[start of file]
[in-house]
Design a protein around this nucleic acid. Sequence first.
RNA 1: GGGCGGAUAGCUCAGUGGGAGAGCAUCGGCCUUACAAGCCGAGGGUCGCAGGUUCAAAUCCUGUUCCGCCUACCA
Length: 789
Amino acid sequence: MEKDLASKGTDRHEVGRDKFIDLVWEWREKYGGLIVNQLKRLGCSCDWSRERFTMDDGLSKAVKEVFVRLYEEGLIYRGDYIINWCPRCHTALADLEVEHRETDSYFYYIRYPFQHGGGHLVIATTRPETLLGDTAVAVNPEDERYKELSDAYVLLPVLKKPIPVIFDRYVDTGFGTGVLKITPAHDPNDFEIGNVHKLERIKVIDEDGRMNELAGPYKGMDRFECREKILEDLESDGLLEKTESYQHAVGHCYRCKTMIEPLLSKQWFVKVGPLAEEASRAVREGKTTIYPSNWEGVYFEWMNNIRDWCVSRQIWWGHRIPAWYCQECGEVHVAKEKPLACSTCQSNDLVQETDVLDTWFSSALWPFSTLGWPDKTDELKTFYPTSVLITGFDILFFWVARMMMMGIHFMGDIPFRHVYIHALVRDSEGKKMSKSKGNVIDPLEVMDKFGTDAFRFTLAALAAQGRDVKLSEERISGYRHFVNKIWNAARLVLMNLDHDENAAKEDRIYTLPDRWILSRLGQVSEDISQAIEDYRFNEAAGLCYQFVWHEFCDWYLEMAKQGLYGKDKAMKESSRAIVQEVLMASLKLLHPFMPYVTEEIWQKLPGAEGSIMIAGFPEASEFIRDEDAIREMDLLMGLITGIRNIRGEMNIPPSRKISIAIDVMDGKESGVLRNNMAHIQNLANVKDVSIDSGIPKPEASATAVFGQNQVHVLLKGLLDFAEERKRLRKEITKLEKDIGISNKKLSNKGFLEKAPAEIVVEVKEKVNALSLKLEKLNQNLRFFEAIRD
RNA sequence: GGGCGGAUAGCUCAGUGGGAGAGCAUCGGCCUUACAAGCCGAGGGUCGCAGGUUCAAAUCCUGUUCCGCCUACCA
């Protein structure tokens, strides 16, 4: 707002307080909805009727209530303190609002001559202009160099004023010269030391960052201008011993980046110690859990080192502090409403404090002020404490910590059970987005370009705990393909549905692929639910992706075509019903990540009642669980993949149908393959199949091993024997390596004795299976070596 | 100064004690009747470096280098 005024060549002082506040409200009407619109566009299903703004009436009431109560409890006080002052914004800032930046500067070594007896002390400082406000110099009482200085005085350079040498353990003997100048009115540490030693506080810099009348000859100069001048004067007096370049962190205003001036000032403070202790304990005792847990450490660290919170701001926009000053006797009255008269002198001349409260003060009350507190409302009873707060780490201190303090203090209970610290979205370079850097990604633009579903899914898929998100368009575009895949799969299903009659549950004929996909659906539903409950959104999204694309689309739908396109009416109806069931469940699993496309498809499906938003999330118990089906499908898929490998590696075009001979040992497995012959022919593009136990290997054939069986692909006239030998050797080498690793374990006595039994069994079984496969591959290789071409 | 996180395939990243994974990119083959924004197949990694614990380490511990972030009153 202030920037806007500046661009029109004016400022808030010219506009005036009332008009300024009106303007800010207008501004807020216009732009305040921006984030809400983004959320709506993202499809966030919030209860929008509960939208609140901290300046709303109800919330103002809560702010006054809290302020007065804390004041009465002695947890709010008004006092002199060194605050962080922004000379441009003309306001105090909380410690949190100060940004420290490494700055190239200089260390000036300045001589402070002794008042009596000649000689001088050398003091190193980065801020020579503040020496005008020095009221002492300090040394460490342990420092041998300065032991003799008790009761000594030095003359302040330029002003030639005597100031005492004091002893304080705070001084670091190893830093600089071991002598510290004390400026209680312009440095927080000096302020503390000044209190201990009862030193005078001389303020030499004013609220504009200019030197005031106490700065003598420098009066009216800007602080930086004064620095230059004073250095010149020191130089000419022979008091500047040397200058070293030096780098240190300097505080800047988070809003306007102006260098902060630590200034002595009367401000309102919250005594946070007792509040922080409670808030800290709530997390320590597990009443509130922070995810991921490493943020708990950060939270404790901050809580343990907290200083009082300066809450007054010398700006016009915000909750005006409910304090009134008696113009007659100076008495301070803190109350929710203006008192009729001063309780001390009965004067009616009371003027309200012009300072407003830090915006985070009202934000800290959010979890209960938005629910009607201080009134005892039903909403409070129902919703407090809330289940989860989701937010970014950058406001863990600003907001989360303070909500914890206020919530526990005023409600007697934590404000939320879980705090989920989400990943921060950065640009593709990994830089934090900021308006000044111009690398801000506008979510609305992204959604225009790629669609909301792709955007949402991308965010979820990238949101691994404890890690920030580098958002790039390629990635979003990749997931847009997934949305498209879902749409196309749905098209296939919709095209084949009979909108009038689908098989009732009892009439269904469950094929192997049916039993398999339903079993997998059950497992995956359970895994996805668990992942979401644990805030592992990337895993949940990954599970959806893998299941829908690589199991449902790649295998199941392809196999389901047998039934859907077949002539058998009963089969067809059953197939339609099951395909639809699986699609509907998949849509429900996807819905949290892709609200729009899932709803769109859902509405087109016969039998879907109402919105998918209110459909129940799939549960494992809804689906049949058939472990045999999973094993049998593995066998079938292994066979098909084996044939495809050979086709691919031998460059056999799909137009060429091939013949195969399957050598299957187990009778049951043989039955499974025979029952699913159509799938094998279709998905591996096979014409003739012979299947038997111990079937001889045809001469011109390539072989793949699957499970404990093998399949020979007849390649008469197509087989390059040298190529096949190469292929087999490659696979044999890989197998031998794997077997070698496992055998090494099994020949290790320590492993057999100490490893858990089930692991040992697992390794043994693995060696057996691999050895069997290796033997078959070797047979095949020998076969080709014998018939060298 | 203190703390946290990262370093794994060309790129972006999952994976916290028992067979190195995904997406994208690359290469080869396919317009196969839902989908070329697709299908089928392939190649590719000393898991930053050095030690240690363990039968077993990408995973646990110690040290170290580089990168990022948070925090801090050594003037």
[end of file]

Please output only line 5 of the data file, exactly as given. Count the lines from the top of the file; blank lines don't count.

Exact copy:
Amino acid sequence: MEKDLASKGTDRHEVGRDKFIDLVWEWREKYGGLIVNQLKRLGCSCDWSRERFTMDDGLSKAVKEVFVRLYEEGLIYRGDYIINWCPRCHTALADLEVEHRETDSYFYYIRYPFQHGGGHLVIATTRPETLLGDTAVAVNPEDERYKELSDAYVLLPVLKKPIPVIFDRYVDTGFGTGVLKITPAHDPNDFEIGNVHKLERIKVIDEDGRMNELAGPYKGMDRFECREKILEDLESDGLLEKTESYQHAVGHCYRCKTMIEPLLSKQWFVKVGPLAEEASRAVREGKTTIYPSNWEGVYFEWMNNIRDWCVSRQIWWGHRIPAWYCQECGEVHVAKEKPLACSTCQSNDLVQETDVLDTWFSSALWPFSTLGWPDKTDELKTFYPTSVLITGFDILFFWVARMMMMGIHFMGDIPFRHVYIHALVRDSEGKKMSKSKGNVIDPLEVMDKFGTDAFRFTLAALAAQGRDVKLSEERISGYRHFVNKIWNAARLVLMNLDHDENAAKEDRIYTLPDRWILSRLGQVSEDISQAIEDYRFNEAAGLCYQFVWHEFCDWYLEMAKQGLYGKDKAMKESSRAIVQEVLMASLKLLHPFMPYVTEEIWQKLPGAEGSIMIAGFPEASEFIRDEDAIREMDLLMGLITGIRNIRGEMNIPPSRKISIAIDVMDGKESGVLRNNMAHIQNLANVKDVSIDSGIPKPEASATAVFGQNQVHVLLKGLLDFAEERKRLRKEITKLEKDIGISNKKLSNKGFLEKAPAEIVVEVKEKVNALSLKLEKLNQNLRFFEAIRD